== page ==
The New Day To Close After Nine Weeks, Trinity Mirror Confirms

Life is short, let's live it well

The publishers of Britain's newest newspaper have confirmed that it is set to close just nine week after it was launched.

The New Day's publishers, Trinity Mirror, said that the daily paper had received "many supportive reviews" but that circulation had been below expectations.

Friday will be the paper's final edition.

<strong>The New Day is to close after nine weeks.</strong>
The New Day is to close after nine weeks.
Anthony Devlin/PA Wire

The title was launched in February and Trinity hoped to sell about 200,000 copies per day. It has been reported that sales have fallen below 40,000.

In its trading update Trinity said: "Whilst disappointing, the launch and subsequent closure have provided new insights into enhancing our newspapers and a number of these opportunities will be considered over time."

The paper's slogan was 'Life is short, let's live it well'.

The New Day's editor, Alison Phillips, said in a statement posted on Facebook that the team "tried everything we could" but were unable to reach the figures needed to make it work financially.

Phillips added: "I have never worked on a title with such engagement from readers.

"There clearly were many people who truly loved the idea of a different kind of newspaper which spoke to them. But the reality was we didn't have enough of them on a daily basis."

Reporters at the New Day have been thanking people for their support and shared pictures of the final edition being put together.

Jane Martin, head of media at the Guardian and Amol Rajan, the last editor of the Independent print edition, spoke to the BBC Radio 4's Today programme on Thursday morning.

Martin said that the New Day closure shows the "dynamics of the market", adding: "This is a terrible time to launch a newspaper."

"We have to welcome a brave and optimistic attempt to do something in this market.

"Ill conceived, though? I would say 'yes'. It launched with positive news but of course from day one most other front pages were negative."

Martin said that the New Day "failed to get an audience".

Rajan said that New Day, which was features-focused, failed to give people the news.

He said: "Newspapers might be going out of fashion but what people fundamentally want when they buy them is news."

<strong>Amol Rajan told BBC Radio 4's Today programme that features-led New Day offered a 'unique' but not 'compelling' proposition.</strong>
Amol Rajan told BBC Radio 4's Today programme that features-led New Day offered a 'unique' but not 'compelling' proposition.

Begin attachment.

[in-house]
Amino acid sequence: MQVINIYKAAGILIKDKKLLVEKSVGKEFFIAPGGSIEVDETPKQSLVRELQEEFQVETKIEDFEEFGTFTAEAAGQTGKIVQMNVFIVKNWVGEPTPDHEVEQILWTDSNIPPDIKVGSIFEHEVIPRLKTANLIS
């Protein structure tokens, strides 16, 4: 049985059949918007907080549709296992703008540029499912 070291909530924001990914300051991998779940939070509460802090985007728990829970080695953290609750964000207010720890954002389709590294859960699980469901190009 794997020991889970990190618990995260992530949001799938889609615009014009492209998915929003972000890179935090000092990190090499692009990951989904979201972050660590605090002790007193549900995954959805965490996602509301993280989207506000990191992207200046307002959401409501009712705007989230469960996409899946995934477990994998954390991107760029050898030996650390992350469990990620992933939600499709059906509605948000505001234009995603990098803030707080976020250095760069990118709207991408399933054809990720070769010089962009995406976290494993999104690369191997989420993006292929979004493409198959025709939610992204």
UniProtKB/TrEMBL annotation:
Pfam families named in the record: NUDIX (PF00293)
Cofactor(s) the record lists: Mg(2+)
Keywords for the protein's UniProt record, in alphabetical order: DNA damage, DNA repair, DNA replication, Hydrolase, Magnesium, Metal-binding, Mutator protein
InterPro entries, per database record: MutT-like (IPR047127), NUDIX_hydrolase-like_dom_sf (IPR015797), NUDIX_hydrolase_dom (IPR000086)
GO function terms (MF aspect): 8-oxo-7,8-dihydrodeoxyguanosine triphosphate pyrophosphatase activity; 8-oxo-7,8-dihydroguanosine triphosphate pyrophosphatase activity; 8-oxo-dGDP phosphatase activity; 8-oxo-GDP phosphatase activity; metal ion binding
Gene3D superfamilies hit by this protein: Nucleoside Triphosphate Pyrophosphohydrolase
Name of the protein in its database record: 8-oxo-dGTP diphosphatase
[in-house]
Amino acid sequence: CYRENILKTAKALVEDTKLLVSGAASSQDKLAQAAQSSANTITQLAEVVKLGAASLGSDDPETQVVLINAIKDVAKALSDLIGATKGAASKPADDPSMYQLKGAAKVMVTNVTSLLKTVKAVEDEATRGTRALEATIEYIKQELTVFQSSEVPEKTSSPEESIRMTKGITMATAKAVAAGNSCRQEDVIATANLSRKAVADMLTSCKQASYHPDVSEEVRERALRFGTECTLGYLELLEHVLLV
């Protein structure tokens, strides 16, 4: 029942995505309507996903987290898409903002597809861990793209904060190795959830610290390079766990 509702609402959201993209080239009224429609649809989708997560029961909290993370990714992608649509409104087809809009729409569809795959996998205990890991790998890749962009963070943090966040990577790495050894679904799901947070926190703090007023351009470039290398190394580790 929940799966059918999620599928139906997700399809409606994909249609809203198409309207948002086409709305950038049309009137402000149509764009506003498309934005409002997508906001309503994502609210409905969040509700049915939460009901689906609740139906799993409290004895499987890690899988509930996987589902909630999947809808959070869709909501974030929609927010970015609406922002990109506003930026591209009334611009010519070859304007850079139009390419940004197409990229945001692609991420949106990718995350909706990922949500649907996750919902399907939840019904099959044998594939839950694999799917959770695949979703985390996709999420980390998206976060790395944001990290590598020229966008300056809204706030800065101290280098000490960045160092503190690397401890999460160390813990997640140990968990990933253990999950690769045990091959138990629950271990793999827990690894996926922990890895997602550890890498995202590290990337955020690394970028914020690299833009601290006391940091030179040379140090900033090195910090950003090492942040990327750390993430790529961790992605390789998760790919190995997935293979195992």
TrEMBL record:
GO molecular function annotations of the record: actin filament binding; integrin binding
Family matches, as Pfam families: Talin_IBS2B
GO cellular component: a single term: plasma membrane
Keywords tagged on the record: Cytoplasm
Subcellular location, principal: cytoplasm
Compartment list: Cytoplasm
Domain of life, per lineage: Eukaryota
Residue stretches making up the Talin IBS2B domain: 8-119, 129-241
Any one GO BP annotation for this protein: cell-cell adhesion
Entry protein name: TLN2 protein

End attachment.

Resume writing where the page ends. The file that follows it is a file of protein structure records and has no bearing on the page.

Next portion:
John Phillips via Getty Images

Comparing it to The i newspaper, which was recently sold to Johnston Press, Rajan said that New Day was a "unique proposition" but not a "compelling proposition".

Both guests agreed that New Day was an example of "style over substance" but said that credit should be given for trying to launch a newspaper in today's market.

HuffPost UK understands that, while most of the journalists were on secondment from The Mirror and The Sunday Mirror, a handful were hired on short-term contracts to work exclusively for The New Day.

One journalist, who asked to remain anonymous, said before the announcement: “The main feeling is just a sense of incredulity that they could be so short termist.”

According to The Guardian, New Day editor Alison Phillips was “distraught” at Wednesday’s internal meeting announcing the closure.

When New Day launched, Trinity Mirror chief executive Simon Fox told City AM he would close the paper if it did not succeed.

He said: “We’ll watch that carefully over the next six months. We’ve said clearly if we’ve got it wrong and there isn’t a demand for this paper, then, we’re a commercial organisation, we’re very commercially disciplined, and if there isn’t such a demand we’ll either have to radically change it in some way or not continue with it.”

The New Day’s launch inspired some optimism about the future of print. Its birth came three weeks before The Independent ceased print publication after 30 years and became online only.

It was the first standalone national paper launched in Britain since The Independent launched in 1986.

The new paper was initially available for 25p for two weeks, then rising to 50p.

Tony Gallagher, editor of The Sun, previously said of New Day’s launch: “I won’t lie, I think it’s a challenge to to expect people to pay 50p for it in an extremely competitive market.

“But I wish them every success. It’s nice that we’ve got a new paper just as another one is dying.”